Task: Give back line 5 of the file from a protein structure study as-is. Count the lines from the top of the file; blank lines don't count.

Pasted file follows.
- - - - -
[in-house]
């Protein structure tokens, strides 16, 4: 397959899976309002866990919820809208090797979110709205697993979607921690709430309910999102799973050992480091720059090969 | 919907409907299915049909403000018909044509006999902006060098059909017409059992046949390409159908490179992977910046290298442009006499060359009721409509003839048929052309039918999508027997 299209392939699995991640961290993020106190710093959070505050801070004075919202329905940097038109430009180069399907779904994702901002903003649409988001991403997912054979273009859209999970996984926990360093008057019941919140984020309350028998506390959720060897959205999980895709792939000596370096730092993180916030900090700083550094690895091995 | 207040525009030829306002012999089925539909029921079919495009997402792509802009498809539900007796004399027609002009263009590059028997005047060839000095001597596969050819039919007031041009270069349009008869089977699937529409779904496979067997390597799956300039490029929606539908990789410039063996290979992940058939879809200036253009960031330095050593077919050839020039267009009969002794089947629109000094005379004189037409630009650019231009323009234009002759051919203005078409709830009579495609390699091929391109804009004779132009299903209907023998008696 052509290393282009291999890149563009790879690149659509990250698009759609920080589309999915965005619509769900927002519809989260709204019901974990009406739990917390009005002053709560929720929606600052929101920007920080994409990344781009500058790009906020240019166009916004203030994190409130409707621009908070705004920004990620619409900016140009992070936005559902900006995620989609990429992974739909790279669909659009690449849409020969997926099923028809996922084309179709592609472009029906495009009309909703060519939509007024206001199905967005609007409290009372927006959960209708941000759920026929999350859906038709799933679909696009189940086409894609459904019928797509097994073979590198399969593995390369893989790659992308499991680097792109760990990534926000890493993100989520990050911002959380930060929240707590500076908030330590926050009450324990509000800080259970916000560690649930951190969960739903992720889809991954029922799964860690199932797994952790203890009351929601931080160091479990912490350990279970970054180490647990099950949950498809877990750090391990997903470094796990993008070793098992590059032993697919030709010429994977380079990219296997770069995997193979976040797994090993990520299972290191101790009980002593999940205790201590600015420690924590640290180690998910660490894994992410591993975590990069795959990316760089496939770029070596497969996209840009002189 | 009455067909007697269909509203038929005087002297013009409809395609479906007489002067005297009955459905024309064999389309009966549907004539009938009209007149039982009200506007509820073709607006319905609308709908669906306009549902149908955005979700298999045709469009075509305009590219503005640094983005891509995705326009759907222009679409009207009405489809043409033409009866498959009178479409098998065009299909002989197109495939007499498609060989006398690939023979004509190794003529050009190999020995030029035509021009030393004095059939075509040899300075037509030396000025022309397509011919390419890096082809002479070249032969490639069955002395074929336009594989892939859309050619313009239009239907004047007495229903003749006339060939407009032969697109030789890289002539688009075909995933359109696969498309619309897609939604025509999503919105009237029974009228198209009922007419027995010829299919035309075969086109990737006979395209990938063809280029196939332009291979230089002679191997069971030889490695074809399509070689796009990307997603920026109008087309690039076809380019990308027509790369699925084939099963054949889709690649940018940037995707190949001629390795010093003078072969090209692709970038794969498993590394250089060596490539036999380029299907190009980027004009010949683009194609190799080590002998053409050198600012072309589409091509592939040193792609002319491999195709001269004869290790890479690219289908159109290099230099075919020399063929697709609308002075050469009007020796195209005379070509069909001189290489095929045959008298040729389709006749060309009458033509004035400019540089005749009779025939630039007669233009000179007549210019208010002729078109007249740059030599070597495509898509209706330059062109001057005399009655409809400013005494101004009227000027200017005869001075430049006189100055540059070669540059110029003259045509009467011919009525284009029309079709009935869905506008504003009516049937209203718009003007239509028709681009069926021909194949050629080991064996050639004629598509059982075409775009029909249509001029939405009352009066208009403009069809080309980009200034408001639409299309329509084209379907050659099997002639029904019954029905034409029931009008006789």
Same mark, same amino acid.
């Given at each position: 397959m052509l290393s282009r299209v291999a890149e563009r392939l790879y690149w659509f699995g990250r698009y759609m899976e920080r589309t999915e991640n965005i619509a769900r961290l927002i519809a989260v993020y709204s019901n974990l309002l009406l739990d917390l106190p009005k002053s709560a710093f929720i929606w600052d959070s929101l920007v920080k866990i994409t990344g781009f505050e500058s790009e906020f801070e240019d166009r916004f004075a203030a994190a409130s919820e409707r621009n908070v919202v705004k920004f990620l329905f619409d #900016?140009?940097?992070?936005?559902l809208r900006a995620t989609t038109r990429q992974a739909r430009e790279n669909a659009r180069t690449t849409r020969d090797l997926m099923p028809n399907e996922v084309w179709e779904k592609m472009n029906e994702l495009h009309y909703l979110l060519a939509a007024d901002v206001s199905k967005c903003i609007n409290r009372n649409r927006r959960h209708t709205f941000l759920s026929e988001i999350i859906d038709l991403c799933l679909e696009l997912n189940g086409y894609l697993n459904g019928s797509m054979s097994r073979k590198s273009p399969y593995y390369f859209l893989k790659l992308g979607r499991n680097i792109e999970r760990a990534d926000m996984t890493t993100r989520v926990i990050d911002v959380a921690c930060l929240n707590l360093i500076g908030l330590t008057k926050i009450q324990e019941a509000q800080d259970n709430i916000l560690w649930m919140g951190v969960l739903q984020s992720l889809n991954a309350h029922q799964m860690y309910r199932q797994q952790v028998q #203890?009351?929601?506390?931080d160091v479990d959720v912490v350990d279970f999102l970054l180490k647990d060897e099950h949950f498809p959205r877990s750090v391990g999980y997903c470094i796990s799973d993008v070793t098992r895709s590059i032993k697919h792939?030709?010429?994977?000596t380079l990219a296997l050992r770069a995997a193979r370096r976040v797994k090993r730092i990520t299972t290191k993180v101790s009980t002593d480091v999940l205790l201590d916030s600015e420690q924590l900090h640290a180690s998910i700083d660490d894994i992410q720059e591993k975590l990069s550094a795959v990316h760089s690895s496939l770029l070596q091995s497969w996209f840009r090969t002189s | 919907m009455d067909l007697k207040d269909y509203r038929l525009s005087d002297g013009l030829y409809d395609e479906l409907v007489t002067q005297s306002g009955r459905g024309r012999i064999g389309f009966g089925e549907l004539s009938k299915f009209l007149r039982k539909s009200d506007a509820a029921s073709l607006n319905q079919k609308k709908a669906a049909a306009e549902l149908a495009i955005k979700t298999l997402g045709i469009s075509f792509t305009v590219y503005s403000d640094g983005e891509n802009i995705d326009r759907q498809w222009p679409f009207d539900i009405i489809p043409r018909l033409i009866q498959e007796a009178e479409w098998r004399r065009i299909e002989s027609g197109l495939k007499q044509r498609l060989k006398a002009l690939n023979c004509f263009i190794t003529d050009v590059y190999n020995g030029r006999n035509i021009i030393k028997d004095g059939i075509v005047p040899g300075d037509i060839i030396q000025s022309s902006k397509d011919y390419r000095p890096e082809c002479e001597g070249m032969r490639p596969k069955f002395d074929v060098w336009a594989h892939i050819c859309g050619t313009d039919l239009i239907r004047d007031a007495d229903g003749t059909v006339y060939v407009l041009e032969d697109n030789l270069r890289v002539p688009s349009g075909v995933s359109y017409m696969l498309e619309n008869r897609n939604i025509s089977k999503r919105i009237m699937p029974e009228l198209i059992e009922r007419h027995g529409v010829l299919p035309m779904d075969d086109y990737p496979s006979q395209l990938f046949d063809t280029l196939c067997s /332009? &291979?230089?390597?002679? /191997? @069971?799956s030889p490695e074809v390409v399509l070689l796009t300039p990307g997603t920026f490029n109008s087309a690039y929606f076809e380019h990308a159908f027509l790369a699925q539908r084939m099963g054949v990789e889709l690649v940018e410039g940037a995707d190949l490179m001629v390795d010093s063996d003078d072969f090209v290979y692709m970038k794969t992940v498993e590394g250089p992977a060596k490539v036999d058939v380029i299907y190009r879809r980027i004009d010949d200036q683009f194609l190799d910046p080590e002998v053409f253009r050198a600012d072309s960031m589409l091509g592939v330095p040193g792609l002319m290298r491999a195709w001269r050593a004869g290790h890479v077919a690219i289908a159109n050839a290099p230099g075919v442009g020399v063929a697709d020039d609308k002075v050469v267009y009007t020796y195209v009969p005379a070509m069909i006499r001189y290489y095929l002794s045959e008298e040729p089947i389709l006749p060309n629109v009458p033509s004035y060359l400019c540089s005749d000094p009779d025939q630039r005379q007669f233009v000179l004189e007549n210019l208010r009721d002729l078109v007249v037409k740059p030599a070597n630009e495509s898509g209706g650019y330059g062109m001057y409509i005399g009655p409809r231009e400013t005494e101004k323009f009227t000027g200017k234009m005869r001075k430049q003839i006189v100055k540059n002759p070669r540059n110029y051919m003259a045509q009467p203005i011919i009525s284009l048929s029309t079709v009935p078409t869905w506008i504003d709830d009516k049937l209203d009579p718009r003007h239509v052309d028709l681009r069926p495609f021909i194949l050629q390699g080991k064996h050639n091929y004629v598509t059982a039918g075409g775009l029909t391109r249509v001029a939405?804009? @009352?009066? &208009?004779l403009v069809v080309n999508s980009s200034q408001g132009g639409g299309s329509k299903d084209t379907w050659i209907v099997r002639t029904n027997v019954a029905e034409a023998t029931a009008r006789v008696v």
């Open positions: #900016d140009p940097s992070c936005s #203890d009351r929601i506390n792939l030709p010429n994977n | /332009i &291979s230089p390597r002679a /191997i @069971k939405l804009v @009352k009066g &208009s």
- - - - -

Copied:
């Open positions: #900016d140009p940097s992070c936005s #203890d009351r929601i506390n792939l030709p010429n994977n | /332009i &291979s230089p390597r002679a /191997i @069971k939405l804009v @009352k009066g &208009s």